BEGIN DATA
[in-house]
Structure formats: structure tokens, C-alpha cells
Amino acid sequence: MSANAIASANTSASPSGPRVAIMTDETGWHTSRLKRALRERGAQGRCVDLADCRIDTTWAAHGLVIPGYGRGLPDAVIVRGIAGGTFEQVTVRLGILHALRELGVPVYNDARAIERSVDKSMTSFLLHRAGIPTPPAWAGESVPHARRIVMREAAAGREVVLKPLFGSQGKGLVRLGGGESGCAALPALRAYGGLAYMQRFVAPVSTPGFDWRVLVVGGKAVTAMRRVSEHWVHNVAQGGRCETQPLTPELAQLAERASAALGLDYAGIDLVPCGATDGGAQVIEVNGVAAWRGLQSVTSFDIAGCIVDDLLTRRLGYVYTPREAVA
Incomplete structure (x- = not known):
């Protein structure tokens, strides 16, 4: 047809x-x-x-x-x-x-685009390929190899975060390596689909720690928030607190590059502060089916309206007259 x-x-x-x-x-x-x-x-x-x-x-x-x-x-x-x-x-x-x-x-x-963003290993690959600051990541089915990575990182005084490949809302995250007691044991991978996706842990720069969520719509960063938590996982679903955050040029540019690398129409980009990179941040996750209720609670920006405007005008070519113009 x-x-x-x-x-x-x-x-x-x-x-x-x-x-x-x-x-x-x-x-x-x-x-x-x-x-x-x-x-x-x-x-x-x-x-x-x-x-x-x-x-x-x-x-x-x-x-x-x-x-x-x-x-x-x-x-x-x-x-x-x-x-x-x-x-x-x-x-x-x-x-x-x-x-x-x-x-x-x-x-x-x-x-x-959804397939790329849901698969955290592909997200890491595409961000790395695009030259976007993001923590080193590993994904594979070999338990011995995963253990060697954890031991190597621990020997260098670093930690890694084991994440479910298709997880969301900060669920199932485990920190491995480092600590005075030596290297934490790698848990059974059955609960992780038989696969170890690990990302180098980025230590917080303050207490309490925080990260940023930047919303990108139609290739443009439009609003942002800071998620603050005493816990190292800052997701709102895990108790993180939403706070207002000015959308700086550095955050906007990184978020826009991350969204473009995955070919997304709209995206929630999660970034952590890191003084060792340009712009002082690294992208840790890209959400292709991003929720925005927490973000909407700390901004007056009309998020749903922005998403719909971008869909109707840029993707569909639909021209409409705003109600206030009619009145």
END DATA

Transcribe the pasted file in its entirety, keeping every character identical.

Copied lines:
[in-house]
Structure formats: structure tokens, C-alpha cells
Amino acid sequence: MSANAIASANTSASPSGPRVAIMTDETGWHTSRLKRALRERGAQGRCVDLADCRIDTTWAAHGLVIPGYGRGLPDAVIVRGIAGGTFEQVTVRLGILHALRELGVPVYNDARAIERSVDKSMTSFLLHRAGIPTPPAWAGESVPHARRIVMREAAAGREVVLKPLFGSQGKGLVRLGGGESGCAALPALRAYGGLAYMQRFVAPVSTPGFDWRVLVVGGKAVTAMRRVSEHWVHNVAQGGRCETQPLTPELAQLAERASAALGLDYAGIDLVPCGATDGGAQVIEVNGVAAWRGLQSVTSFDIAGCIVDDLLTRRLGYVYTPREAVA
Incomplete structure (x- = not known):
């Protein structure tokens, strides 16, 4: 047809x-x-x-x-x-x-685009390929190899975060390596689909720690928030607190590059502060089916309206007259 x-x-x-x-x-x-x-x-x-x-x-x-x-x-x-x-x-x-x-x-x-963003290993690959600051990541089915990575990182005084490949809302995250007691044991991978996706842990720069969520719509960063938590996982679903955050040029540019690398129409980009990179941040996750209720609670920006405007005008070519113009 x-x-x-x-x-x-x-x-x-x-x-x-x-x-x-x-x-x-x-x-x-x-x-x-x-x-x-x-x-x-x-x-x-x-x-x-x-x-x-x-x-x-x-x-x-x-x-x-x-x-x-x-x-x-x-x-x-x-x-x-x-x-x-x-x-x-x-x-x-x-x-x-x-x-x-x-x-x-x-x-x-x-x-x-959804397939790329849901698969955290592909997200890491595409961000790395695009030259976007993001923590080193590993994904594979070999338990011995995963253990060697954890031991190597621990020997260098670093930690890694084991994440479910298709997880969301900060669920199932485990920190491995480092600590005075030596290297934490790698848990059974059955609960992780038989696969170890690990990302180098980025230590917080303050207490309490925080990260940023930047919303990108139609290739443009439009609003942002800071998620603050005493816990190292800052997701709102895990108790993180939403706070207002000015959308700086550095955050906007990184978020826009991350969204473009995955070919997304709209995206929630999660970034952590890191003084060792340009712009002082690294992208840790890209959400292709991003929720925005927490973000909407700390901004007056009309998020749903922005998403719909971008869909109707840029993707569909639909021209409409705003109600206030009619009145």